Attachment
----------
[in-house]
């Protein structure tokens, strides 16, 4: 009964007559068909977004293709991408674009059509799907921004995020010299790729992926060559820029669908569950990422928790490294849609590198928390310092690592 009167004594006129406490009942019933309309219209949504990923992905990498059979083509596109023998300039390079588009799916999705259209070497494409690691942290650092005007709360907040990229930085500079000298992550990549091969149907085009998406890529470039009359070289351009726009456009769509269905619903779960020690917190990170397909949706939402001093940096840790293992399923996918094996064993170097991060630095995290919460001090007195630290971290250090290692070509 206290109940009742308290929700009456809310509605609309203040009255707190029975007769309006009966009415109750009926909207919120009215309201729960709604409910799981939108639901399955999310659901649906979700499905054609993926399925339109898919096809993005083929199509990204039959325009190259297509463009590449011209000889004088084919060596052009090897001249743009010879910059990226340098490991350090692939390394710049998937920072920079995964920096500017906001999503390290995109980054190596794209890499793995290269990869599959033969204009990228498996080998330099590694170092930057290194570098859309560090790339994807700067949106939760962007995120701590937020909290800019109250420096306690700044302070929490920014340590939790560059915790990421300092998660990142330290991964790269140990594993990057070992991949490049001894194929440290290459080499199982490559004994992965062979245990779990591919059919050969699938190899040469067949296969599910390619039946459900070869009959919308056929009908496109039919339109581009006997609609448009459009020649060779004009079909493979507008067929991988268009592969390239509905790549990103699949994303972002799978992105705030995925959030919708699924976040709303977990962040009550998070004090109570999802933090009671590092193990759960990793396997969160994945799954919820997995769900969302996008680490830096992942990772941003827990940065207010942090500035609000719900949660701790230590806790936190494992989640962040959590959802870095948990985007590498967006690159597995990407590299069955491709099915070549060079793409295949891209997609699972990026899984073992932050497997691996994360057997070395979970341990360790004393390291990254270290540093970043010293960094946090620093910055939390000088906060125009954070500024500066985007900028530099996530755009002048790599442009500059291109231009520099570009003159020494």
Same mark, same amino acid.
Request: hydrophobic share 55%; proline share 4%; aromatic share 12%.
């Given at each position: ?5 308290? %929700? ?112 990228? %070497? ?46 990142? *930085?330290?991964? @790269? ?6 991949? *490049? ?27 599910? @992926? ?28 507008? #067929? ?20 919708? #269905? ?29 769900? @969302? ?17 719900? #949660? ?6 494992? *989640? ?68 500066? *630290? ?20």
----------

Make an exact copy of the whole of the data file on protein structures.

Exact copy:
[in-house]
């Protein structure tokens, strides 16, 4: 009964007559068909977004293709991408674009059509799907921004995020010299790729992926060559820029669908569950990422928790490294849609590198928390310092690592 009167004594006129406490009942019933309309219209949504990923992905990498059979083509596109023998300039390079588009799916999705259209070497494409690691942290650092005007709360907040990229930085500079000298992550990549091969149907085009998406890529470039009359070289351009726009456009769509269905619903779960020690917190990170397909949706939402001093940096840790293992399923996918094996064993170097991060630095995290919460001090007195630290971290250090290692070509 206290109940009742308290929700009456809310509605609309203040009255707190029975007769309006009966009415109750009926909207919120009215309201729960709604409910799981939108639901399955999310659901649906979700499905054609993926399925339109898919096809993005083929199509990204039959325009190259297509463009590449011209000889004088084919060596052009090897001249743009010879910059990226340098490991350090692939390394710049998937920072920079995964920096500017906001999503390290995109980054190596794209890499793995290269990869599959033969204009990228498996080998330099590694170092930057290194570098859309560090790339994807700067949106939760962007995120701590937020909290800019109250420096306690700044302070929490920014340590939790560059915790990421300092998660990142330290991964790269140990594993990057070992991949490049001894194929440290290459080499199982490559004994992965062979245990779990591919059919050969699938190899040469067949296969599910390619039946459900070869009959919308056929009908496109039919339109581009006997609609448009459009020649060779004009079909493979507008067929991988268009592969390239509905790549990103699949994303972002799978992105705030995925959030919708699924976040709303977990962040009550998070004090109570999802933090009671590092193990759960990793396997969160994945799954919820997995769900969302996008680490830096992942990772941003827990940065207010942090500035609000719900949660701790230590806790936190494992989640962040959590959802870095948990985007590498967006690159597995990407590299069955491709099915070549060079793409295949891209997609699972990026899984073992932050497997691996994360057997070395979970341990360790004393390291990254270290540093970043010293960094946090620093910055939390000088906060125009954070500024500066985007900028530099996530755009002048790599442009500059291109231009520099570009003159020494």
Same mark, same amino acid.
Request: hydrophobic share 55%; proline share 4%; aromatic share 12%.
């Given at each position: ?5 308290? %929700? ?112 990228? %070497? ?46 990142? *930085?330290?991964? @790269? ?6 991949? *490049? ?27 599910? @992926? ?28 507008? #067929? ?20 919708? #269905? ?29 769900? @969302? ?17 719900? #949660? ?6 494992? *989640? ?68 500066? *630290? ?20």